5 Areas of Complementary Care & Finding the Best Service For You
Complementary care consists of wellness solutions not traditionally used by conventional practitioners. In most cases, complementary services are used in addition to conventional care to achieve a holistic approach to wellness, formally known as integrative care.
So what exactly are complementary services? Some common examples of complementary care include traditional Chinese medicine such as acupuncture, tai chi, or qigong, ayurveda, homeopathy, naturopathy, bodywork, reiki, massage therapy, and cupping. However, experts generally categorize complementary care into five areas:
This type of care combines mental focus, breathing, and body movements to help induce relaxation of the mind and body. Specific examples of complementary services that fall under this category include:
- Meditation: a practice involving techniques such as mindfulness, or focusing on a particular activity such as breathing to help quiet the mind
- Biofeedback: a technique involving visual or auditory feedback to help people recognize the physical symptoms of stress and anxiety, such as muscle tension or increased heart rate
- Yoga: a practice consisting of stretches and poses combined with controlled breathing to help physical flexibility and relaxation of the mind
- Art and music therapy: practices that involve using art or music to support people process emotions and improve their mental health through creative outlets
Manipulative and Body-Based Practices
This type of care is based on working hands-on with one or more parts of the physical body. Examples of manipulative body-based practices include:
- Massage therapy: therapy that involves tactfully kneading, rubbing, stroking, or tapping the soft tissues of the body
- Chiropractic therapy: a practice that involves carefully manipulating the spine, joints, and the overall skeletal system to ensure alignment
- Reflexology: A technique involving using pressure points in the hands or feed to affect other parts of the body
Biologically Based Practices
This type of care focuses on wellness solutions found within Earth naturally. Specific examples of complementary services that fall under this category include:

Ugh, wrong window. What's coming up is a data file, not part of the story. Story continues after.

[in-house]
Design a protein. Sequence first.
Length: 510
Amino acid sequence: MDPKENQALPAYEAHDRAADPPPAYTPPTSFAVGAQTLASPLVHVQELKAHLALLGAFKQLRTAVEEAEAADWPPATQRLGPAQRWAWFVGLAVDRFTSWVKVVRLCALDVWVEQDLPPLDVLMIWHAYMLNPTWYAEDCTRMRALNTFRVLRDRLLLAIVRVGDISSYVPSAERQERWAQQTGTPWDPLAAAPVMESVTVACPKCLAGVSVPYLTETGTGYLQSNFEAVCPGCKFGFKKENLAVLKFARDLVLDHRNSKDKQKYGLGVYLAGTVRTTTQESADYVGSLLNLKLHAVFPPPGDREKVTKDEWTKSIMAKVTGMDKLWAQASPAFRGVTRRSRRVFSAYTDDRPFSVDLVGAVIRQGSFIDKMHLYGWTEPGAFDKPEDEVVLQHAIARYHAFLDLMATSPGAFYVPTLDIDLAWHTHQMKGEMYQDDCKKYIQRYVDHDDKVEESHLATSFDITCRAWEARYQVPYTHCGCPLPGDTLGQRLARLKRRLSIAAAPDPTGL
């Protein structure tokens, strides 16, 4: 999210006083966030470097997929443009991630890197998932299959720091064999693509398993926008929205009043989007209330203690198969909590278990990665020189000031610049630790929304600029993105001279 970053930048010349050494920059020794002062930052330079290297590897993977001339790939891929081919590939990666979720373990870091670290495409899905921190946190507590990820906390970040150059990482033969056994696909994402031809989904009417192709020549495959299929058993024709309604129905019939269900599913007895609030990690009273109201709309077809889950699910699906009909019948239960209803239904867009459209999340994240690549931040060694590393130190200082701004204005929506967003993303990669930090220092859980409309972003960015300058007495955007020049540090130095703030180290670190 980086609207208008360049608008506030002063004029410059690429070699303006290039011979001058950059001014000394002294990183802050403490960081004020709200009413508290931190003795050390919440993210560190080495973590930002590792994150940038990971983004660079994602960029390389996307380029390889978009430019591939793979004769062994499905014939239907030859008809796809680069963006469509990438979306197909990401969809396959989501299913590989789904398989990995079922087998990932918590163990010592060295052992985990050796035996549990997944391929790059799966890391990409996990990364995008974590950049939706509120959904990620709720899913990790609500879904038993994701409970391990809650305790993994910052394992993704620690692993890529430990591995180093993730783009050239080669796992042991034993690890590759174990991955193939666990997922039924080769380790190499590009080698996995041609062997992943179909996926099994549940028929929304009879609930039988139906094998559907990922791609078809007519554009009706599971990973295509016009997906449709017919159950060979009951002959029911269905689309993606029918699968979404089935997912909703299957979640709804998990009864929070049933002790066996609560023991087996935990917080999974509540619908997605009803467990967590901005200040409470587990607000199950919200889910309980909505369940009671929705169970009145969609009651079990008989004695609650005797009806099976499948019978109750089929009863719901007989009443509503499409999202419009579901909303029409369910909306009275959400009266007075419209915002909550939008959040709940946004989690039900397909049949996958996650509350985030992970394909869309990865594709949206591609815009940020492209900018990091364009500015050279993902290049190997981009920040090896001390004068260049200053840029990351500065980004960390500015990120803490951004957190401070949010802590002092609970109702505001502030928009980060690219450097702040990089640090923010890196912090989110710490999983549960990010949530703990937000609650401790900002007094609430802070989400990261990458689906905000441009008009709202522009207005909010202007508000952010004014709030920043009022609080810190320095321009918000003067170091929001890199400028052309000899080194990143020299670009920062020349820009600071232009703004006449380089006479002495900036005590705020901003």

- Nutrition based therapy: creating a specific nutritional plan to ensure a person’s diet reflects their wellness needs
- Dietary supplements: taking vitamins and other supplements to support the immune system or targeted dietary deficiencies
- Botanical therapy: incorporating plants or herbs, such as aloe, sambucus, echinacea, turmeric or even cannabis to help the body heal
Sometimes referred to as energy medicine, biofield therapies involve the belief that energy fields can be used for healing and wellness. Examples of biofield therapy include:
- Reiki: a method of balancing energy from a distance by placing hands on or near the patient to help guide the flow of healthy energy
- Qigong: a system of coordinated body-posture and meditation consisting of movement and breathing aiming to cultivate mind and body balance
Whole Medical Systems
These types of complementary care solutions involve entire medical systems that evolved over time from different cultures and parts of the world, each with different branches of therapy types. Examples of whole medical systems include:
- Ayurvedic medicine: a medical system originating from India that has the primary goal of cleansing the body to restore balance in all areas - mind, body, and spirit
- Traditional Chinese medicine: a medical system based on the belief that health is a balance in the body of two forces called Yin and Yang
- Homeopathy: a medical system involving minute doses of naturally produced substances to promote healing
- Naturopathy: a medical system based on the belief healing and health can be achieved without the use of drugs using controlled diets, exercise, and other complementary services
With so many different branches of complementary care, with each type of care having its own further branches of specific therapies,
Have complementary care solutions been researched?
Some types of complementary practices have been studied and tested through research, but not all. The Natural and Non-Prescription Health Products Directorate (NNHPD), which is part of the Health Products and Food Branch of Health Canada supports some research on complementary medicine therapies, and it is safe to assume areas of research will grow as more people become frustrated with the traditional healthcare system. It is important to always do your own research and understand the risks and benefits of any type of care before getting treated for a wellness concern.
How can I find information on the different types of complementary care?
The internet is a great resource to find information, but you need to ensure the sources of information you are using are vetted. Platforms such as PromptHealth, which allows holistic health and wellness practitioners to share information and knowledge on their practice directly to the public, are a great place to start. The information being provided comes directly from the experts, and you also have the freedom to explore all potential care options before settling on a decision.
If you need to explore and learn more about complementary services, you can use Prompthealth.ca as your wellness navigator or download the app today! Or, if you are wellness practitioner that provides complimentary services join the PromptHealth platform today to start educating the community on what services you offer, and the benefits of your practice.